GM Europe sold just over 1.1 million cars last year, and it has to meet the EU2020 C02 fleet average laws. The coming introduction of the RDE real-world solution tests will probably mean nearly all of its diesel cars would need to be fitted with urea injection. That would be expensive to implement and might not even be possible on some older models.
Deleting diesel engines altogether from some models would have been another hurdle, and it seems likely that all petrol engines will soon have to be adapted to use a particulate filter. A shift to petrol engines for most of its models in the Astra and Corsa ranges would probably have meant investment in mild hybrid technology, such as electric turbocharging systems.
This sudden shift towards petrol engines and, eventually, hybridisation for smaller cars and the need to install more expensive diesel engines in larger cars was probably an investment too far for the GM board, especially with such a relatively small European business.
Indeed, Opel/Vauxhall was specifically singled out with three other makers last December in a report by the European Environment Agency, which said Opel would have to "quicken its pace in CO2 reduction" if it was to hit the 2020 targets.
But there was another fascinating insight into GM Europe’s predicament at this morning’s press conference with the PSA Group. GM president Dan Ammann slipped out the fact that, in the next few years, just 20% of Opel/Vauxhall vehicles would have been common with GM’s global range.
As auto analysts at Evercore pointed out a couple of weeks ago, European market cars - even superminis and medium hatches such as the Astra - are expensive to engineer and surprisingly sophisticated compared with similar-size vehicles sold in other global markets.
In other words, GM could not sell most of its unique European models in other markets, further undermining the financial case for keeping the Opel and Vauxhall brands. On top of that, GM Europe’s two new SUV models - the Grandland X and Crossland X - were built on PSA Group platforms.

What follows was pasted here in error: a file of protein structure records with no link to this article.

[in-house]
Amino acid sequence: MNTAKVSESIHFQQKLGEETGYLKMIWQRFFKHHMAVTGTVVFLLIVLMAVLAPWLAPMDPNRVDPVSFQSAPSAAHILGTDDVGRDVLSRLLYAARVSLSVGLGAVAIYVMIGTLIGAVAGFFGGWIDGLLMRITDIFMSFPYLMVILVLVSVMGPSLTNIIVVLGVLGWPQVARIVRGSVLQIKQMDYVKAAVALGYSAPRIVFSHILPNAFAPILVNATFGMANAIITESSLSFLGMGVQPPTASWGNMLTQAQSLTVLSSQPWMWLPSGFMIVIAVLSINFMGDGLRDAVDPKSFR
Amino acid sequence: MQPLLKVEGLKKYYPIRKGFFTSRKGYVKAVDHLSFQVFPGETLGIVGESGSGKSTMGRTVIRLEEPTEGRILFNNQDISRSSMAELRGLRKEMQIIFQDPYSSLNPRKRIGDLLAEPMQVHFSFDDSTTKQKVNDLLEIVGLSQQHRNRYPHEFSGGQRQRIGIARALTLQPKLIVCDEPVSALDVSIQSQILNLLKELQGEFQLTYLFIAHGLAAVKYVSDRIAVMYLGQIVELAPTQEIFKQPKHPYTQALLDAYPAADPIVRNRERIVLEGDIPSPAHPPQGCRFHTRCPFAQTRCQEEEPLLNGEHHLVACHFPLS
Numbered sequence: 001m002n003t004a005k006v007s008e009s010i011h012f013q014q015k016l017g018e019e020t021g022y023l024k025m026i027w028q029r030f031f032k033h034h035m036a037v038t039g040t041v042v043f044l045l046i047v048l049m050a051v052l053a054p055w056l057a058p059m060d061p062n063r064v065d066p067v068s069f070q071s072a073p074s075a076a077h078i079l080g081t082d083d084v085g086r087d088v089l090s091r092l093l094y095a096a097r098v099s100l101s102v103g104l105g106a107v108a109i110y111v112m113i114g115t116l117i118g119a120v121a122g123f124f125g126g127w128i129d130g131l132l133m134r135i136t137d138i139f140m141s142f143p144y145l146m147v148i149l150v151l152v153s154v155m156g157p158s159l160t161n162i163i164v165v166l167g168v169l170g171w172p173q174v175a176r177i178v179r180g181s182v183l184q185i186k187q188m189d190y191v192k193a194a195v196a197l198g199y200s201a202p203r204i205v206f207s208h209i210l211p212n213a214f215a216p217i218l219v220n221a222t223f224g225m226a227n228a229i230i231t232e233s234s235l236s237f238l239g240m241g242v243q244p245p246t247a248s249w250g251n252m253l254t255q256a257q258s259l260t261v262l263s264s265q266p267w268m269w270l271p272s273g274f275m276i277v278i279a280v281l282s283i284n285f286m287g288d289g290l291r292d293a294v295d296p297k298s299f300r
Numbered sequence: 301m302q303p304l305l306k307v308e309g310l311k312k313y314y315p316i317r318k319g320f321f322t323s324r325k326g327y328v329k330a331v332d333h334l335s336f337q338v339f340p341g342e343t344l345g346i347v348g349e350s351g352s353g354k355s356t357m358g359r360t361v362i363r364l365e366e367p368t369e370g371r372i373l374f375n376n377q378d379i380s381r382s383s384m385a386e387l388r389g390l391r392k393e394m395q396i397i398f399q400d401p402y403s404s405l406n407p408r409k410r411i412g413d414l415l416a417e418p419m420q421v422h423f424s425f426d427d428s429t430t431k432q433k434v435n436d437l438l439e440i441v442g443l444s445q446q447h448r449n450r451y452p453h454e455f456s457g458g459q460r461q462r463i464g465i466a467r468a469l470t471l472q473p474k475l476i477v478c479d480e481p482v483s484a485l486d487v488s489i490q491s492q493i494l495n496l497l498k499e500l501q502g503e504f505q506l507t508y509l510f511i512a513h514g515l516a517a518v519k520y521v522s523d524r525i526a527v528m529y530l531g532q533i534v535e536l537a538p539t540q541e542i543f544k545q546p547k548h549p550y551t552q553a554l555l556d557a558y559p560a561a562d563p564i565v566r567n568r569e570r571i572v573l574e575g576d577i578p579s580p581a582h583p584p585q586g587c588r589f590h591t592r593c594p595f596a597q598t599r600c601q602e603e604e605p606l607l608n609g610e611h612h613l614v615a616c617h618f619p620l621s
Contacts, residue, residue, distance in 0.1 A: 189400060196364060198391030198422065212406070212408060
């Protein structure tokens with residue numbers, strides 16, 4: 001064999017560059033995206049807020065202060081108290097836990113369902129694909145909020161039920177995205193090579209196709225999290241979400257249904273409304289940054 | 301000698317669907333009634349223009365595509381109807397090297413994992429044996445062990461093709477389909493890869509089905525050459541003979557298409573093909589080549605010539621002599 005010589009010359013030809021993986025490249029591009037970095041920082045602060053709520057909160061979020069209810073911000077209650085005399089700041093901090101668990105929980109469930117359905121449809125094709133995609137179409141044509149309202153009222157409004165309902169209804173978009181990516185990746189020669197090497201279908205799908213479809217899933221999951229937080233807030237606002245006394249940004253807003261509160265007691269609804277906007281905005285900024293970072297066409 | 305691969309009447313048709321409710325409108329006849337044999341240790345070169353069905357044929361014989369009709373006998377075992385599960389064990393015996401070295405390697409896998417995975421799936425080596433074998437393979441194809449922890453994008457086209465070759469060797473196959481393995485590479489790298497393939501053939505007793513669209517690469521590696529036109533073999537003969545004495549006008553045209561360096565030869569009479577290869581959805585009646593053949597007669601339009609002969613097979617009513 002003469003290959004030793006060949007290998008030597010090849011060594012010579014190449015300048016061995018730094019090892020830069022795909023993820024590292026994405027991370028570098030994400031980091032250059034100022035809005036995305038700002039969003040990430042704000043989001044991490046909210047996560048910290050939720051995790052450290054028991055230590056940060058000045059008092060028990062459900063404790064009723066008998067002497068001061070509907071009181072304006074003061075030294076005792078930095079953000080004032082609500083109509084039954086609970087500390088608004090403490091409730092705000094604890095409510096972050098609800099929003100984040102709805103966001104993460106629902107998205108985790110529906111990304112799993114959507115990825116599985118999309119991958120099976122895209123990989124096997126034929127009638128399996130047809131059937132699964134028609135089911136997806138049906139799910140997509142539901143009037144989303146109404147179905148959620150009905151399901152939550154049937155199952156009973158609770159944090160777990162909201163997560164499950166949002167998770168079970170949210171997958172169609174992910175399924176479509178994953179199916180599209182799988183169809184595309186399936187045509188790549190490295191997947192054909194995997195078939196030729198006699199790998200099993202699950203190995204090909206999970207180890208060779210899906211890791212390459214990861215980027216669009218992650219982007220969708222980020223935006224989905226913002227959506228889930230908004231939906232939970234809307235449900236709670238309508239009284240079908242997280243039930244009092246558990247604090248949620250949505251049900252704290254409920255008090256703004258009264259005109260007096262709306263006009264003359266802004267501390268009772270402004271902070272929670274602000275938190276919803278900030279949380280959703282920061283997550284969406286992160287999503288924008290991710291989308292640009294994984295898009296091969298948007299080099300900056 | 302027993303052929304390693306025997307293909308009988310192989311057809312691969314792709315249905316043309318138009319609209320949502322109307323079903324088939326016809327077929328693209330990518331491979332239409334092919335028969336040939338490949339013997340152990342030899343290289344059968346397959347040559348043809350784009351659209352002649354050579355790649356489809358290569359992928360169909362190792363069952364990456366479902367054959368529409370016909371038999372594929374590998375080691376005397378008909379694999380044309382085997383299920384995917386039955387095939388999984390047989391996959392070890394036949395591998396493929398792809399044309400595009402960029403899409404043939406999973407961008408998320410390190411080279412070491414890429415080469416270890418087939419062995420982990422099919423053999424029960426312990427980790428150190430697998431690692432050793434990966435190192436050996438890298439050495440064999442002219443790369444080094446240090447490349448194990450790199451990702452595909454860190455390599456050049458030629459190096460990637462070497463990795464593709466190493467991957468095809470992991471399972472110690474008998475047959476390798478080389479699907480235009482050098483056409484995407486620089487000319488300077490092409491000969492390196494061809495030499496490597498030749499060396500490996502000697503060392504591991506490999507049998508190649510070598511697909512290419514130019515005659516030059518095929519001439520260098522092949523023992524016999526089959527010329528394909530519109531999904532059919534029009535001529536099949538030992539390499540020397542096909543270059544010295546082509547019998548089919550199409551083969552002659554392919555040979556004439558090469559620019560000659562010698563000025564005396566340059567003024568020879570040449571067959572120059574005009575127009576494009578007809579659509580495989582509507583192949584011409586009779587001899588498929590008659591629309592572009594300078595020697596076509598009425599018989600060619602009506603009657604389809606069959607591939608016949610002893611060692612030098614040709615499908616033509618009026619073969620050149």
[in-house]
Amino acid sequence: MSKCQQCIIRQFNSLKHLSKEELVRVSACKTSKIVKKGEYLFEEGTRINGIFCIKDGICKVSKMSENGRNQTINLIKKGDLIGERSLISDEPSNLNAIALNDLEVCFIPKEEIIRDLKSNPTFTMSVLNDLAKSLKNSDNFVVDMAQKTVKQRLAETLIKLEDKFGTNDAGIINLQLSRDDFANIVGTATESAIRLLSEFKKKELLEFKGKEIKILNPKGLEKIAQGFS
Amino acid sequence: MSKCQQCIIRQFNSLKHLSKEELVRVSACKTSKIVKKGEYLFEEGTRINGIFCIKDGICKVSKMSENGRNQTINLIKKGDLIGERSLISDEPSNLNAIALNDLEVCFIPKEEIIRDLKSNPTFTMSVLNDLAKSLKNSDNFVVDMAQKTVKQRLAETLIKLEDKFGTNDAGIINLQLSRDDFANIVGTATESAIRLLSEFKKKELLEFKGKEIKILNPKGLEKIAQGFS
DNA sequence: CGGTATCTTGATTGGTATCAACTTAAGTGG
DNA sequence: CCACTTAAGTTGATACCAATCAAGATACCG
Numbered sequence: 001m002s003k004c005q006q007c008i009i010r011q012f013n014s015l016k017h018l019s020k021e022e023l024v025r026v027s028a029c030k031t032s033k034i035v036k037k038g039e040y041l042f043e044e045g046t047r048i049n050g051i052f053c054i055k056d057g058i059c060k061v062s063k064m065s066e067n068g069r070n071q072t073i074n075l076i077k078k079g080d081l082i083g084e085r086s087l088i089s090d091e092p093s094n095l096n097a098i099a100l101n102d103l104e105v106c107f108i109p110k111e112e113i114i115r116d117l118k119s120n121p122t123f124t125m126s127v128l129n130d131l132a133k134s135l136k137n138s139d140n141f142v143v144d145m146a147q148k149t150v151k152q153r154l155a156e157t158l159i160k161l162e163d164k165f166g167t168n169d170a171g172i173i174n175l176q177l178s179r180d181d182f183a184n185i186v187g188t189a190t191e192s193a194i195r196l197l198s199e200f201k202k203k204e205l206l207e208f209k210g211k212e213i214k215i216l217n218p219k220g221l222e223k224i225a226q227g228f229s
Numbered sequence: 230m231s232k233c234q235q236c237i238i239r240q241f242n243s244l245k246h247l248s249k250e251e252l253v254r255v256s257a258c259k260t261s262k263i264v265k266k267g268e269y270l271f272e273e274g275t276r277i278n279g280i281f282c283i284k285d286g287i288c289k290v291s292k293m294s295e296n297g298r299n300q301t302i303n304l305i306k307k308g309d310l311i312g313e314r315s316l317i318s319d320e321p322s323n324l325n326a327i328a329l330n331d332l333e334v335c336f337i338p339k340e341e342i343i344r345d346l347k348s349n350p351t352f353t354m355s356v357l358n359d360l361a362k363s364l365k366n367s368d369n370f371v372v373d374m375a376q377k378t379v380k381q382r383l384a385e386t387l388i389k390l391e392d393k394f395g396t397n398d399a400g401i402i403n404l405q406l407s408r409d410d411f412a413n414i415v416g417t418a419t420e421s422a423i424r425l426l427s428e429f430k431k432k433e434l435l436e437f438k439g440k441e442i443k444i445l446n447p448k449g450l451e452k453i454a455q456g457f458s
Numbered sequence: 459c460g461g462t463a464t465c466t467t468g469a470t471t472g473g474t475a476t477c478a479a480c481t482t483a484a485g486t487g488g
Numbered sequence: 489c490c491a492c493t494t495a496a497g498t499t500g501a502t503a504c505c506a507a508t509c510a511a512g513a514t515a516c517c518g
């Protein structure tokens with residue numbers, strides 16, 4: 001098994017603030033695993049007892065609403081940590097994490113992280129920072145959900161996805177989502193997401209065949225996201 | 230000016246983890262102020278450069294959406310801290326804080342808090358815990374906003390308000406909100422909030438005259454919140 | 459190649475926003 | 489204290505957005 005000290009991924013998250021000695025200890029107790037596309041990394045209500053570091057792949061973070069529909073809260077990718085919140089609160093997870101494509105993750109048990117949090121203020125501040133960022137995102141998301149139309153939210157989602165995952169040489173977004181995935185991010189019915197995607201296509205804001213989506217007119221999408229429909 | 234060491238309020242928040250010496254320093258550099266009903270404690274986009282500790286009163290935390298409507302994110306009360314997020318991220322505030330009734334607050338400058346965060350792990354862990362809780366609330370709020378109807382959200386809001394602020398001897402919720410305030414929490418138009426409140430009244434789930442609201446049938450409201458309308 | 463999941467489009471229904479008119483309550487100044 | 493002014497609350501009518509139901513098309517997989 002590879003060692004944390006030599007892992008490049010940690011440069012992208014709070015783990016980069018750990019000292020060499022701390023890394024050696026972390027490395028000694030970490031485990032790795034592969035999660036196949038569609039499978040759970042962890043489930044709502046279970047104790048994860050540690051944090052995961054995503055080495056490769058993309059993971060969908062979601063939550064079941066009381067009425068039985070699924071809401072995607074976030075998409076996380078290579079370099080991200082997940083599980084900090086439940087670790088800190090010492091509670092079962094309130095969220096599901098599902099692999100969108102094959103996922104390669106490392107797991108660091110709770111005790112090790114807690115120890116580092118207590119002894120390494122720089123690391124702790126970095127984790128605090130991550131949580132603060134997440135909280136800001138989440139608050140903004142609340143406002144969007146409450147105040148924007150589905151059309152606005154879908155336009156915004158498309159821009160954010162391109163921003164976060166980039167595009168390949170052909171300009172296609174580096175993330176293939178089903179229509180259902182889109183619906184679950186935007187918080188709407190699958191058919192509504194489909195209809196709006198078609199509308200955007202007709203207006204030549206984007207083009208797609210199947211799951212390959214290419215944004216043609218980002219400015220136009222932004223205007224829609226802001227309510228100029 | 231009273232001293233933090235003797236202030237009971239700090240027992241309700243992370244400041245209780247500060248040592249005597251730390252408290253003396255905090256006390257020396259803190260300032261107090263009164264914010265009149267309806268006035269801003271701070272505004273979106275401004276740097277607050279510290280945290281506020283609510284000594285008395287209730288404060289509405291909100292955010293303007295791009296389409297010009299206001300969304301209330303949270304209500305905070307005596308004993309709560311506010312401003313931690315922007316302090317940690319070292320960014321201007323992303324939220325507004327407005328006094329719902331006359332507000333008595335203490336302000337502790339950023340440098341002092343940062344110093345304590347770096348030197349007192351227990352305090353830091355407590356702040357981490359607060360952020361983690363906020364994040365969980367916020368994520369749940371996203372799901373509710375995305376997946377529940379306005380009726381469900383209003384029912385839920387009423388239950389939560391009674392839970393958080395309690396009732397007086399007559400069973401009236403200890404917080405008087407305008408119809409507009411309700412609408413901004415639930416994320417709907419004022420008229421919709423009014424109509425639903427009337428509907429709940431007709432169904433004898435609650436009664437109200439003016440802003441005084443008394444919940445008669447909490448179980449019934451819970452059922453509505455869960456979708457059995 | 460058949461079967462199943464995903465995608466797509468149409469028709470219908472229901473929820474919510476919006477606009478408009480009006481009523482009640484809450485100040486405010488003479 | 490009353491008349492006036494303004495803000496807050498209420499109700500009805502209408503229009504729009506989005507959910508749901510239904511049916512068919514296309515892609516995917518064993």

The final big insight came at the end of the conference, when PSA boss Carlos Tavares was being quizzed on the likelihood of redundancies and plant closures. Discussing Brexit, he said that a ‘soft’ Brexit might not make too much difference, but a ‘hard' Brexit would mean that UK government hints at helping to build up the country’s diminished component supply network would become crucial.
Tavares said a hard Brexit raised the prospect of a "UK supply" of PSA Group cars being sourced in the UK. But that would mean considerably more of any new PSA-based vehicle would have to be made in the UK. As Tavares put it, the supply base needs to be in pounds in order for it to be matched to revenue that is in pounds.
Ellesmere Port is safe for another four years. But in that time, the UK has to do a huge amount in order to rebuild its auto component supply chain before the Vauxhall plant will be refitted with PSA Group production lines. Once the UK leaves the EU, the days of freely shipping components backwards and forwards across the continent could come to an end.
Vauxhall and Ellesmere Port can live again under French control, but it will take a huge effort from government and other UK-based makers to make more of every car in the UK.
Read Autocar's Vauxhall Astra review